The Harris County’s District Attorney’s Office’s case against Jeffrey Stern, the personal injury lawyer accused of taking out multiple hits on his wife, appears to have unraveled, and the office dropped all charges Tuesday.

The case had been slated to go to trial on Friday. But, upon a final review of all of the evidence, the DA’s office decided to reverse course because of “insufficient corroboration of accomplice witness testimony,” according to 20/20’s Kevin Dolak.

“This has been a case in which the evidence has continuously evolved,” First Assistant District Attorney Jim Leitner said in a statement. “We have remained true to our mission by examining information objectively, weighing our decisions carefully, and acting prudently. Ultimately we have come to the conclusion that, at this point, the available evidence is not sufficient to justify taking this case to trial.”

Stern had been accused of conspiring with his mistress, Michelle Gaiser, to take out three hits on his wife, Yvonne Stern, the Houston Chronicle‘s Brian Rogers reported. Yvonne Stern—who escaped unscathed in two of the alleged attempts on her life but was shot in the stomach in the third—had initially filed for divorce after being shot. But then she had a change of heart and reconciled with Jeffrey, standing by his side during his many court appearances. (And in March Yvonne Stern filed a civil lawsuit against Gaiser.)

Paul Nugent, Stern’s defense attorney, rejoiced at the news, Rogers reported in a follow-up story:

Jeff Stern, his wife Yvonne and their children are relieved and grateful that their two-year nightmare is over,” Nugent said. “As much stress and pain as the Stern family has gone through, justice has prevailed. The charges have all been dismissed, and they can go on with their lives.

Yvonne Stern’s attorney relayed that she was also relieved by the news. “She remains extremely grateful to the first responders and medical professionals who saved her life, and sincerely appreciates all of the hard work of the law enforcement officials who have worked tirelessly to bring the true perpetrators to justice,” Chip Lewis said in a statement, according to Rogers.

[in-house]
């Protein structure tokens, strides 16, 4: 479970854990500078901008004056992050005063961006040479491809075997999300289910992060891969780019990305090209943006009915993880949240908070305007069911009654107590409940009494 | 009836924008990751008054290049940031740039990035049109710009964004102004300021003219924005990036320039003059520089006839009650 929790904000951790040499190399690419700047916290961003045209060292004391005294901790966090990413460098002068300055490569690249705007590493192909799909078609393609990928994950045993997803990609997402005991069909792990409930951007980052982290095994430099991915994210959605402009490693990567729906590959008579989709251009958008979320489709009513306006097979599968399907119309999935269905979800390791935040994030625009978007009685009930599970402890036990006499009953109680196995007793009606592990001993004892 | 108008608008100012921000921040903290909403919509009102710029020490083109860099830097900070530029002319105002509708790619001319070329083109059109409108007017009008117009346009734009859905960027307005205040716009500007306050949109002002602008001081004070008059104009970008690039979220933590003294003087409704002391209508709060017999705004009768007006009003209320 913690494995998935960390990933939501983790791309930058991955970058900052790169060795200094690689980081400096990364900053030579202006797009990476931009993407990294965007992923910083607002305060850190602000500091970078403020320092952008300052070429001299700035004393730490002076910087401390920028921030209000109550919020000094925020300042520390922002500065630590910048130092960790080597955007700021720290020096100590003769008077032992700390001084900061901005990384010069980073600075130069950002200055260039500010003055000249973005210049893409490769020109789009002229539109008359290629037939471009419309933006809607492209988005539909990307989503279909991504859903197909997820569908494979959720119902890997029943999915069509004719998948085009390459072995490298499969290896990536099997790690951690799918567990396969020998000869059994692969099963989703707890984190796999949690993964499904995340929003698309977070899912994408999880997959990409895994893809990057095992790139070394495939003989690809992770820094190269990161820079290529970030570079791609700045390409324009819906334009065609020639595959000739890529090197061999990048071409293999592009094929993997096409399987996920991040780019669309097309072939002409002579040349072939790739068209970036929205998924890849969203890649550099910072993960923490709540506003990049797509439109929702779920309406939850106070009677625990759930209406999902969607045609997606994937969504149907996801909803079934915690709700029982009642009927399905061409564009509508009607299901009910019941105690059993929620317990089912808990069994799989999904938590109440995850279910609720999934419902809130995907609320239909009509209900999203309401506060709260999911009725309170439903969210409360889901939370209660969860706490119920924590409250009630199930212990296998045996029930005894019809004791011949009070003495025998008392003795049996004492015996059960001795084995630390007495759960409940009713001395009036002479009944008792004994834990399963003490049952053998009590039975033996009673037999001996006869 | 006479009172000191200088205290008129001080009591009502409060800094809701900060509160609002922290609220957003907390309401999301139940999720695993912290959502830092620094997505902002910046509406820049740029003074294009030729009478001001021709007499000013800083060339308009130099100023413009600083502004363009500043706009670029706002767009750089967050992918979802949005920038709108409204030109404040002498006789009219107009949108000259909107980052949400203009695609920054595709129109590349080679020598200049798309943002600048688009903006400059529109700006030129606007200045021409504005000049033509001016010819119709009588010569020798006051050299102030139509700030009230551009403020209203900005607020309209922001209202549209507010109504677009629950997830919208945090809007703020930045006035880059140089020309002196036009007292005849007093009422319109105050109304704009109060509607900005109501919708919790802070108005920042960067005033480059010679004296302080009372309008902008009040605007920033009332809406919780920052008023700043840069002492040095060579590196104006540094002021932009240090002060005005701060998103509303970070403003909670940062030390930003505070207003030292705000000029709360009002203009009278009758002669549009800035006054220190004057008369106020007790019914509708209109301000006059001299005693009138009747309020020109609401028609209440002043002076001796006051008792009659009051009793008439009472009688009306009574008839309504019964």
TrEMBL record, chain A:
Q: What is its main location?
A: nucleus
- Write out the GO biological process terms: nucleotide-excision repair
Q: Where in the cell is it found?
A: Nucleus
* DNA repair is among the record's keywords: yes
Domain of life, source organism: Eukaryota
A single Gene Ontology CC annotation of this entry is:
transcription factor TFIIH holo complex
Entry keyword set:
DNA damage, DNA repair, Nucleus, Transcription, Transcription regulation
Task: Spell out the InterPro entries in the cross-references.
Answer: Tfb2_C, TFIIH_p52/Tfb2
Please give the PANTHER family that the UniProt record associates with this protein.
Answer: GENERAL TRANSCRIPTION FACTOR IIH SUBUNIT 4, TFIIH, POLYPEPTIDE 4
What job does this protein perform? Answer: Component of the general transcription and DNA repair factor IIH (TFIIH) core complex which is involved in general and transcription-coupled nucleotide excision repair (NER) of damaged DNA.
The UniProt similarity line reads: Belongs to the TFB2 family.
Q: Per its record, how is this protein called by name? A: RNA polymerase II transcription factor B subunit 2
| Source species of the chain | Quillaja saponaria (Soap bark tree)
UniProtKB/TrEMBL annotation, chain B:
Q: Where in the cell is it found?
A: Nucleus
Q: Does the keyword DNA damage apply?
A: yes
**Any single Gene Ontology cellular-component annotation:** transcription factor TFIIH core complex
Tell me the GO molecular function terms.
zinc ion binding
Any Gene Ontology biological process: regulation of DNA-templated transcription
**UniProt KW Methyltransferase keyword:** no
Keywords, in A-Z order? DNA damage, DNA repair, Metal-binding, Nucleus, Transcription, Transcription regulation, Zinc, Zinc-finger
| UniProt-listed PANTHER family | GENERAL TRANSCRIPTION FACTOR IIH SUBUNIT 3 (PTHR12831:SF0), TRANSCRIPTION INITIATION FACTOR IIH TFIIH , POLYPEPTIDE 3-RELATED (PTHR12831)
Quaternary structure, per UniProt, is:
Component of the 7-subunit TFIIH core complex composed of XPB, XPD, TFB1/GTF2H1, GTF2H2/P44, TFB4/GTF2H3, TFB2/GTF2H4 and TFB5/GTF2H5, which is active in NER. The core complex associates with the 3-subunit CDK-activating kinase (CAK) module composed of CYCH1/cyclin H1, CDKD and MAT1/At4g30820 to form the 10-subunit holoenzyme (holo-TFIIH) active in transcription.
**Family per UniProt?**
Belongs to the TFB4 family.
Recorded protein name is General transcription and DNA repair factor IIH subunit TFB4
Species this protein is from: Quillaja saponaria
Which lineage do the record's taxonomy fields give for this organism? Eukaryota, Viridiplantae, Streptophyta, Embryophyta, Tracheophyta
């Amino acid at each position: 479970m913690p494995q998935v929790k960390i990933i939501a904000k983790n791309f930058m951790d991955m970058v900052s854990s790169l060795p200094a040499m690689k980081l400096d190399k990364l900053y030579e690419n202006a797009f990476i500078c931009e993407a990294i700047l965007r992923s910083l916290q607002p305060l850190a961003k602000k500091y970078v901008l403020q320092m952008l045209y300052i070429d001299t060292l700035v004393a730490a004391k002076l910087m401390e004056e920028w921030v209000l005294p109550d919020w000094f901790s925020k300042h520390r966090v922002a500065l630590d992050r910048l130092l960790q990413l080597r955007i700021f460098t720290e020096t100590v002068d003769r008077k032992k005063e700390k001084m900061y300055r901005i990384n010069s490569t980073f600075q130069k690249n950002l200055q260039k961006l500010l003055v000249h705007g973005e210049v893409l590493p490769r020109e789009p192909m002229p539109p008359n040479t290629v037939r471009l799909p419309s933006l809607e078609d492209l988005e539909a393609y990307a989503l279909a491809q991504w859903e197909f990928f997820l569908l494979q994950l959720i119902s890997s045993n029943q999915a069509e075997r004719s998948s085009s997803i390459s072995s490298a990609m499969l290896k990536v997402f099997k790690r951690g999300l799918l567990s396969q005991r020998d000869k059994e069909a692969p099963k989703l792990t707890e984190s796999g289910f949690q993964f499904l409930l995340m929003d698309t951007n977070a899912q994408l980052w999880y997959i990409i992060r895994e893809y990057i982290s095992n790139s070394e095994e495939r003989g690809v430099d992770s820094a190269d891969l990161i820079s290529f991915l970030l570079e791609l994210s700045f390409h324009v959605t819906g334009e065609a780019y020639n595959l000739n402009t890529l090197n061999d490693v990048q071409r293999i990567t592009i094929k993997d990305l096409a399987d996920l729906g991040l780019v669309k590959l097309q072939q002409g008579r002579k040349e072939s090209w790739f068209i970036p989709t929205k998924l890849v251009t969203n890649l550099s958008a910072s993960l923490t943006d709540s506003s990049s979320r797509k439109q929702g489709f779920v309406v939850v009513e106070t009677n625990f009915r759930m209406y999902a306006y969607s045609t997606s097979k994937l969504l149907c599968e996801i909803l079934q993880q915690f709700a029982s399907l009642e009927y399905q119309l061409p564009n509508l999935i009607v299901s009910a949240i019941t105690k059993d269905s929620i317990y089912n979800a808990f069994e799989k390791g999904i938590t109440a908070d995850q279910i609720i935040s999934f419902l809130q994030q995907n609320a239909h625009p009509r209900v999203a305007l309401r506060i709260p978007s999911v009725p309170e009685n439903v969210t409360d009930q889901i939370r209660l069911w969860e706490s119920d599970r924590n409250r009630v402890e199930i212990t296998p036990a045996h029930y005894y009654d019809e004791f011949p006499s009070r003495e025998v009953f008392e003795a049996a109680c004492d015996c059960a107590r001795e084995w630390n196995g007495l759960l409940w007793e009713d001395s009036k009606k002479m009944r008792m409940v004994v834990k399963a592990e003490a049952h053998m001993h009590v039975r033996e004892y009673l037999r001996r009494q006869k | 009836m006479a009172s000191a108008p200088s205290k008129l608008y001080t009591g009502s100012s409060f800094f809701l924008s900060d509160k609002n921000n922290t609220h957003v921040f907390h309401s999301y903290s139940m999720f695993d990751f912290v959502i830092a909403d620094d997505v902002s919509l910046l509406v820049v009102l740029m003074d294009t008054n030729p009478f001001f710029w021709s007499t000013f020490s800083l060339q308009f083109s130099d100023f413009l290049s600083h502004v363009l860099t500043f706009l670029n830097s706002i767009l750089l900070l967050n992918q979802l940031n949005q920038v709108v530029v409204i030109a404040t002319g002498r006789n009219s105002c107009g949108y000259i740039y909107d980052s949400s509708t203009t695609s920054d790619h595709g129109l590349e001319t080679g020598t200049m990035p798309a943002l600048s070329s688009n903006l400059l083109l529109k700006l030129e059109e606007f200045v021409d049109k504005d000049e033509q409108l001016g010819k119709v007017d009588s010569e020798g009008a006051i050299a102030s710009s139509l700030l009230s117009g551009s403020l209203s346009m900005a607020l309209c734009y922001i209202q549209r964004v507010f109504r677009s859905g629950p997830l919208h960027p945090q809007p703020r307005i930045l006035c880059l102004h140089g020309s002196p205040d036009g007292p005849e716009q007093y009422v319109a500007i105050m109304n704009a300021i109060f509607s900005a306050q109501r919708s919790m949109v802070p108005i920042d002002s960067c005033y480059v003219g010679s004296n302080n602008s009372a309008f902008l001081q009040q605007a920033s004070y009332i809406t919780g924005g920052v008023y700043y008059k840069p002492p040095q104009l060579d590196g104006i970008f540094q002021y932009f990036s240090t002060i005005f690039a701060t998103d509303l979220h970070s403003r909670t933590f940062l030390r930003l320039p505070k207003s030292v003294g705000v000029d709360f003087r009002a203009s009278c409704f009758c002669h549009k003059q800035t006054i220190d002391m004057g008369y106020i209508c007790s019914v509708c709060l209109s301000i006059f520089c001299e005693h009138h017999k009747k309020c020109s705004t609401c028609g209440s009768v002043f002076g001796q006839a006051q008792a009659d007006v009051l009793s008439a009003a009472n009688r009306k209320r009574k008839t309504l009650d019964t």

This curious case had transfixed Houstonians since 2010 (CultureMap‘s Sarah Rufca even dubbed it “Houston’s most gloriously lurid murder case in this decade”), and was the subject of a long feature by Skip Hollandsworth in the February 2012 issue of TEXAS MONTHLY. “Since June 2010 … it had been hard to find anyone in Houston who hadn’t followed all the jaw-dropping twists and turns in what one observer called ‘The Great Stern Shoot ’Em Up,'” Hollandsworth wrote at the time.

While reporting the piece, Hollandsworth met Yvonne Stern for lunch and she stressed repeatedly that she did not believe the accusations against her husband.

I’ve had people ask me, ‘Why didn’t you wait and see what the real truth is about Jeffrey before you took back the divorce?’ Look, it broke my heart when Jeffrey had that affair. But let’s be honest, it was all about sex. He never once talked to me about feeling unhappy in our marriage. And if he was unhappy, he’s the type of man who would have come straight to me and asked for a divorce. He wouldn’t have come up with some crazy murder plot. Please. As I told the police from day one, my husband is incapable of murder. I actually told the detectives that my husband is Jewish, and Jewish husbands don’t kill their wives. They buy them jewelry.

In June, Hollandsworth reported on developments that Gaiser was working from jail to try and have Jeffrey Stern offed. Gaiser had accepted a plea deal to testify against Stern, which was yanked when these allegations came to light. In his post about those allegations, Hollandsworth predicted the case might end this way: “The trial is scheduled for the last week of July—if there is a trial. Allen just might throw up her hands and drop all charges against Jeffrey. And that would be the biggest bombshell of all.”